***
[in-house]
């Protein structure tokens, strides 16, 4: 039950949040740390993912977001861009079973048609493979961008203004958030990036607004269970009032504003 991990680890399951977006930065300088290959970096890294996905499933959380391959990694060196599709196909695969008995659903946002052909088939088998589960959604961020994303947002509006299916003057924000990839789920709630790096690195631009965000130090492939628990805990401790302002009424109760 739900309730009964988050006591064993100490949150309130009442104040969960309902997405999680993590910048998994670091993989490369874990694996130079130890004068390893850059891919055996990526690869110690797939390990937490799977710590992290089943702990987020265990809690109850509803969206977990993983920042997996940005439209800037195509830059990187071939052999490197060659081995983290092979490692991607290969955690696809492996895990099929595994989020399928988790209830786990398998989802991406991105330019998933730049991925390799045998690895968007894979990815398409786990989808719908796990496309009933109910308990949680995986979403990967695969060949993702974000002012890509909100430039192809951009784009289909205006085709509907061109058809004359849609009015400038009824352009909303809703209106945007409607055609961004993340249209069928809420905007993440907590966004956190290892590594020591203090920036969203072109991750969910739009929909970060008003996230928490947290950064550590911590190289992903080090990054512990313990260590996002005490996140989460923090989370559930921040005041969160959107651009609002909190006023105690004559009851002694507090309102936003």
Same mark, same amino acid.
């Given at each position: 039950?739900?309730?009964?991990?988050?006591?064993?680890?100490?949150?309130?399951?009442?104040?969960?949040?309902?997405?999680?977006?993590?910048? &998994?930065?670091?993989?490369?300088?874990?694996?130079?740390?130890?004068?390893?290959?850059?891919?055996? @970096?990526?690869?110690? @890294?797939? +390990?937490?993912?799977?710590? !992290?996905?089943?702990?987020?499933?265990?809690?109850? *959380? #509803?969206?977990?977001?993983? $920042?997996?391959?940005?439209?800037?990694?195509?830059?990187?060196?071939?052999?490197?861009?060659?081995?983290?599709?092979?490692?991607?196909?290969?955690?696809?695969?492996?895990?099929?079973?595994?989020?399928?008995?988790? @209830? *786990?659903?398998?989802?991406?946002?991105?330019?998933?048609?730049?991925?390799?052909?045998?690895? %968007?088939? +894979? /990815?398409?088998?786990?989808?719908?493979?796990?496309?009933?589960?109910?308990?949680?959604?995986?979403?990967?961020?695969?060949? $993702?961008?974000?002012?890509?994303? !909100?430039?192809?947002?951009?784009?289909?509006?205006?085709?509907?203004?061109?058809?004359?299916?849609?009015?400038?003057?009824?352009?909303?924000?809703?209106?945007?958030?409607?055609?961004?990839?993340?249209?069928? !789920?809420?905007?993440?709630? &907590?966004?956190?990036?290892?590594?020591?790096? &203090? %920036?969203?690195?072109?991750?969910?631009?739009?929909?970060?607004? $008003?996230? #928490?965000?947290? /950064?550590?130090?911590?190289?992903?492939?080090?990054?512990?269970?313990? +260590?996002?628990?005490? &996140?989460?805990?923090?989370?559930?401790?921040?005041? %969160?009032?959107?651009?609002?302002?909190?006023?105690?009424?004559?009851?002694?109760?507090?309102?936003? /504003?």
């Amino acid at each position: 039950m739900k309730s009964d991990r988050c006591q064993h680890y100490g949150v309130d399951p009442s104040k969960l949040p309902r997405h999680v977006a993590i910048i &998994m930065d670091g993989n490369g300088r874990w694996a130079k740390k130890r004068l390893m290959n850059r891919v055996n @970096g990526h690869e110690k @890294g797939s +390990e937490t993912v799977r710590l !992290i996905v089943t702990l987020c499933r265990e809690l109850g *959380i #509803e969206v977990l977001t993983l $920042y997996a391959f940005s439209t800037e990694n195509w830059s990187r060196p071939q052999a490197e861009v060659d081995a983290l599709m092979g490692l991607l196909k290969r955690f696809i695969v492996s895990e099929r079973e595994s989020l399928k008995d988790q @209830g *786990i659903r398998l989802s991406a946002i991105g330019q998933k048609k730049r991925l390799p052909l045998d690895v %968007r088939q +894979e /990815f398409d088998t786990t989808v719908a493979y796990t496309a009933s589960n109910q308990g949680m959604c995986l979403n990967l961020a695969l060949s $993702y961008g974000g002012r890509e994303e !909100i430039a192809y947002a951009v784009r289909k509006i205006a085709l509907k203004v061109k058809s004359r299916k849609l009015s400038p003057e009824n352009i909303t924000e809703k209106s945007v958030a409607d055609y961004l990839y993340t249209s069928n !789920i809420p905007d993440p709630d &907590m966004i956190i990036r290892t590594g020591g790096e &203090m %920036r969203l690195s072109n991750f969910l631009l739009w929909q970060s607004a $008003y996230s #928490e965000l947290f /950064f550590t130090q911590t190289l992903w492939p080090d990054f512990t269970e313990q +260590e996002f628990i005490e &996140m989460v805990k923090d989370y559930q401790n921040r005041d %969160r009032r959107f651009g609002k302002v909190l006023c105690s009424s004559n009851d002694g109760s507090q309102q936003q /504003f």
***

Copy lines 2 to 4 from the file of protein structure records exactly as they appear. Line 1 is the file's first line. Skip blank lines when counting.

């Protein structure tokens, strides 16, 4: 039950949040740390993912977001861009079973048609493979961008203004958030990036607004269970009032504003 991990680890399951977006930065300088290959970096890294996905499933959380391959990694060196599709196909695969008995659903946002052909088939088998589960959604961020994303947002509006299916003057924000990839789920709630790096690195631009965000130090492939628990805990401790302002009424109760 739900309730009964988050006591064993100490949150309130009442104040969960309902997405999680993590910048998994670091993989490369874990694996130079130890004068390893850059891919055996990526690869110690797939390990937490799977710590992290089943702990987020265990809690109850509803969206977990993983920042997996940005439209800037195509830059990187071939052999490197060659081995983290092979490692991607290969955690696809492996895990099929595994989020399928988790209830786990398998989802991406991105330019998933730049991925390799045998690895968007894979990815398409786990989808719908796990496309009933109910308990949680995986979403990967695969060949993702974000002012890509909100430039192809951009784009289909205006085709509907061109058809004359849609009015400038009824352009909303809703209106945007409607055609961004993340249209069928809420905007993440907590966004956190290892590594020591203090920036969203072109991750969910739009929909970060008003996230928490947290950064550590911590190289992903080090990054512990313990260590996002005490996140989460923090989370559930921040005041969160959107651009609002909190006023105690004559009851002694507090309102936003």
Same mark, same amino acid.
């Given at each position: 039950?739900?309730?009964?991990?988050?006591?064993?680890?100490?949150?309130?399951?009442?104040?969960?949040?309902?997405?999680?977006?993590?910048? &998994?930065?670091?993989?490369?300088?874990?694996?130079?740390?130890?004068?390893?290959?850059?891919?055996? @970096?990526?690869?110690? @890294?797939? +390990?937490?993912?799977?710590? !992290?996905?089943?702990?987020?499933?265990?809690?109850? *959380? #509803?969206?977990?977001?993983? $920042?997996?391959?940005?439209?800037?990694?195509?830059?990187?060196?071939?052999?490197?861009?060659?081995?983290?599709?092979?490692?991607?196909?290969?955690?696809?695969?492996?895990?099929?079973?595994?989020?399928?008995?988790? @209830? *786990?659903?398998?989802?991406?946002?991105?330019?998933?048609?730049?991925?390799?052909?045998?690895? %968007?088939? +894979? /990815?398409?088998?786990?989808?719908?493979?796990?496309?009933?589960?109910?308990?949680?959604?995986?979403?990967?961020?695969?060949? $993702?961008?974000?002012?890509?994303? !909100?430039?192809?947002?951009?784009?289909?509006?205006?085709?509907?203004?061109?058809?004359?299916?849609?009015?400038?003057?009824?352009?909303?924000?809703?209106?945007?958030?409607?055609?961004?990839?993340?249209?069928? !789920?809420?905007?993440?709630? &907590?966004?956190?990036?290892?590594?020591?790096? &203090? %920036?969203?690195?072109?991750?969910?631009?739009?929909?970060?607004? $008003?996230? #928490?965000?947290? /950064?550590?130090?911590?190289?992903?492939?080090?990054?512990?269970?313990? +260590?996002?628990?005490? &996140?989460?805990?923090?989370?559930?401790?921040?005041? %969160?009032?959107?651009?609002?302002?909190?006023?105690?009424?004559?009851?002694?109760?507090?309102?936003? /504003?």